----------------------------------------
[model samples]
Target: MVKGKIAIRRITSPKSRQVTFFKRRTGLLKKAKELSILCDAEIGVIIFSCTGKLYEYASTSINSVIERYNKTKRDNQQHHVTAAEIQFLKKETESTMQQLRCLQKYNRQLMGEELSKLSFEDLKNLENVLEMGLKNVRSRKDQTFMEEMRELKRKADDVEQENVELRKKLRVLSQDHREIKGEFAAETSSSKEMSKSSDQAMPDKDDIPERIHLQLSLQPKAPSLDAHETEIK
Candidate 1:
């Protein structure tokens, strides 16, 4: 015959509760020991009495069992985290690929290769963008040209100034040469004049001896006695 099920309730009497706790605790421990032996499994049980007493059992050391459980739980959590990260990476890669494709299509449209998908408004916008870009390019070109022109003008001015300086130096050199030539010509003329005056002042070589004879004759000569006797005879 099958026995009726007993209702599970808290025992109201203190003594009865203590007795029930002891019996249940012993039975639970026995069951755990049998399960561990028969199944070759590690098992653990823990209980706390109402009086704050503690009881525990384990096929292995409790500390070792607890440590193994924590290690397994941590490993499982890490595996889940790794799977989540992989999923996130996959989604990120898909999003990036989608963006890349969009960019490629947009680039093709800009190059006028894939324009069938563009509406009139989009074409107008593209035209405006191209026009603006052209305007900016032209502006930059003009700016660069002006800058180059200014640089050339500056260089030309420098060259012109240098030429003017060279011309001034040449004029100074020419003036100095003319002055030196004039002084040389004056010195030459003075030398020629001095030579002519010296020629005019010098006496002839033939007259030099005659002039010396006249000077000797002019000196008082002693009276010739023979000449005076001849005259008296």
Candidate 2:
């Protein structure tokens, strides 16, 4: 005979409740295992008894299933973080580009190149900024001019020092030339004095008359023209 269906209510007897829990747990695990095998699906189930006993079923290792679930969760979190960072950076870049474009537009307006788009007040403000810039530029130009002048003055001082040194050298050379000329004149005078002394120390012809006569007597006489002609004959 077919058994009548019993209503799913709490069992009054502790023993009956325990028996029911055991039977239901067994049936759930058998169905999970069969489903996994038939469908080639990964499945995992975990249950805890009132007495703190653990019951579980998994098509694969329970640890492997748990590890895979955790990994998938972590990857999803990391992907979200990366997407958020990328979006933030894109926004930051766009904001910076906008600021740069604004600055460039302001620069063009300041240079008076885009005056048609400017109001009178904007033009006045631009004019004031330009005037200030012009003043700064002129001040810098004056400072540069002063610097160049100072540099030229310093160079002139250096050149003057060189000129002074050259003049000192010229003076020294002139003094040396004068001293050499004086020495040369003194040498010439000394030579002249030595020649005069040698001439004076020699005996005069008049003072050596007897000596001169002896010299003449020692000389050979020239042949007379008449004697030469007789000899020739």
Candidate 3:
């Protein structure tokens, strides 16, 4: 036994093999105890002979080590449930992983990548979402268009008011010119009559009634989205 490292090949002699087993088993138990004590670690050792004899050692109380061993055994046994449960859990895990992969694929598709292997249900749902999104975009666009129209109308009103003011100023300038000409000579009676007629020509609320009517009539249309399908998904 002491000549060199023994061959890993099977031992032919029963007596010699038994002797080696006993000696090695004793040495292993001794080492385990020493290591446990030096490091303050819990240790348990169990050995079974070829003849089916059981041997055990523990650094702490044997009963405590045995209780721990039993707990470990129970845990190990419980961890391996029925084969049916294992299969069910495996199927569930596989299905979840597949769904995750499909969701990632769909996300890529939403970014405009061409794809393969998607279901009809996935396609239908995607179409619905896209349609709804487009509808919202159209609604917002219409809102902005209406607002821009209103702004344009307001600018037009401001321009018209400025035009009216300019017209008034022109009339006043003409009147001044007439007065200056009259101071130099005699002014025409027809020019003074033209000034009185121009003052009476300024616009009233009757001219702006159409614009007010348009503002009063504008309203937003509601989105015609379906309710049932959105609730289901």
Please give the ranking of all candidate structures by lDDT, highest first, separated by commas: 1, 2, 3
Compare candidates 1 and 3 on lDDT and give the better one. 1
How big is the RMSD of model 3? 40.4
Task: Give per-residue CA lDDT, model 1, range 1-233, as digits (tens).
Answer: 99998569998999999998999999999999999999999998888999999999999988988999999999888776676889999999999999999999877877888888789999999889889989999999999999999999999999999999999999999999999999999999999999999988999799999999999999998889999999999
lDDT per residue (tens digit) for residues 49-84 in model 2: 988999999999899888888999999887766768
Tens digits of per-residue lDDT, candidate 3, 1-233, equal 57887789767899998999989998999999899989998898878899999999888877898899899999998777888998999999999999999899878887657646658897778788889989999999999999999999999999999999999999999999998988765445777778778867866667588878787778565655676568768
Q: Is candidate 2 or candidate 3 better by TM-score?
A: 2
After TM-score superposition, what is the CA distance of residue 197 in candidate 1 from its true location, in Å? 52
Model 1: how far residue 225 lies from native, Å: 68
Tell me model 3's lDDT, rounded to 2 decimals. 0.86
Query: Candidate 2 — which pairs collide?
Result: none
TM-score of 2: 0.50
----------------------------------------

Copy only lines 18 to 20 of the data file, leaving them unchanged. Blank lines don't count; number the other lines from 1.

After TM-score superposition, what is the CA distance of residue 197 in candidate 1 from its true location, in Å? 52
Model 1: how far residue 225 lies from native, Å: 68
Tell me model 3's lDDT, rounded to 2 decimals. 0.86